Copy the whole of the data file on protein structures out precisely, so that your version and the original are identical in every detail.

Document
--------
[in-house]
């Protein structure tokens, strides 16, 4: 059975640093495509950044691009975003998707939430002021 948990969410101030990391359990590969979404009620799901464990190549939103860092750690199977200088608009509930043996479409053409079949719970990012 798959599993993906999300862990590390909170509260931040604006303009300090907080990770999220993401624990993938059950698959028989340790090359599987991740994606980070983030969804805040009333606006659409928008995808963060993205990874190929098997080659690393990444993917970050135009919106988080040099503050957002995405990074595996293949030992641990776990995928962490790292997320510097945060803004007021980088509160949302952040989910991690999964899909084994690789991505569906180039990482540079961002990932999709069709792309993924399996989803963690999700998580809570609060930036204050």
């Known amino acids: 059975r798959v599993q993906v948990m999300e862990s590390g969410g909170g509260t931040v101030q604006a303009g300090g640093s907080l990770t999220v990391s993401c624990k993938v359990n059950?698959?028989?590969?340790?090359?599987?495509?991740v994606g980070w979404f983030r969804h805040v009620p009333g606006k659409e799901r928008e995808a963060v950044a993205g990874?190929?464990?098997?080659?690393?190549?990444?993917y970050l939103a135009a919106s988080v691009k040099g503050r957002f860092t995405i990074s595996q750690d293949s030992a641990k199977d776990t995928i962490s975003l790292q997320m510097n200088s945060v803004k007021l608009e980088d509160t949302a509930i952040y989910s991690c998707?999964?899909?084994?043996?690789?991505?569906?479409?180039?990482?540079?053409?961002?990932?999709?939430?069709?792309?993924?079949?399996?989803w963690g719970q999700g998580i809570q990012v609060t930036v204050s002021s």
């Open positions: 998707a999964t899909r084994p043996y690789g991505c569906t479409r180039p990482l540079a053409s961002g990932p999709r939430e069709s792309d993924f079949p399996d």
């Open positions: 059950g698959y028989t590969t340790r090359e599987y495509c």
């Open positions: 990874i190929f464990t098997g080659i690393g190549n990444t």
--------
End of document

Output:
[in-house]
């Protein structure tokens, strides 16, 4: 059975640093495509950044691009975003998707939430002021 948990969410101030990391359990590969979404009620799901464990190549939103860092750690199977200088608009509930043996479409053409079949719970990012 798959599993993906999300862990590390909170509260931040604006303009300090907080990770999220993401624990993938059950698959028989340790090359599987991740994606980070983030969804805040009333606006659409928008995808963060993205990874190929098997080659690393990444993917970050135009919106988080040099503050957002995405990074595996293949030992641990776990995928962490790292997320510097945060803004007021980088509160949302952040989910991690999964899909084994690789991505569906180039990482540079961002990932999709069709792309993924399996989803963690999700998580809570609060930036204050």
């Known amino acids: 059975r798959v599993q993906v948990m999300e862990s590390g969410g909170g509260t931040v101030q604006a303009g300090g640093s907080l990770t999220v990391s993401c624990k993938v359990n059950?698959?028989?590969?340790?090359?599987?495509?991740v994606g980070w979404f983030r969804h805040v009620p009333g606006k659409e799901r928008e995808a963060v950044a993205g990874?190929?464990?098997?080659?690393?190549?990444?993917y970050l939103a135009a919106s988080v691009k040099g503050r957002f860092t995405i990074s595996q750690d293949s030992a641990k199977d776990t995928i962490s975003l790292q997320m510097n200088s945060v803004k007021l608009e980088d509160t949302a509930i952040y989910s991690c998707?999964?899909?084994?043996?690789?991505?569906?479409?180039?990482?540079?053409?961002?990932?999709?939430?069709?792309?993924?079949?399996?989803w963690g719970q999700g998580i809570q990012v609060t930036v204050s002021s």
């Open positions: 998707a999964t899909r084994p043996y690789g991505c569906t479409r180039p990482l540079a053409s961002g990932p999709r939430e069709s792309d993924f079949p399996d």
């Open positions: 059950g698959y028989t590969t340790r090359e599987y495509c």
């Open positions: 990874i190929f464990t098997g080659i690393g190549n990444t």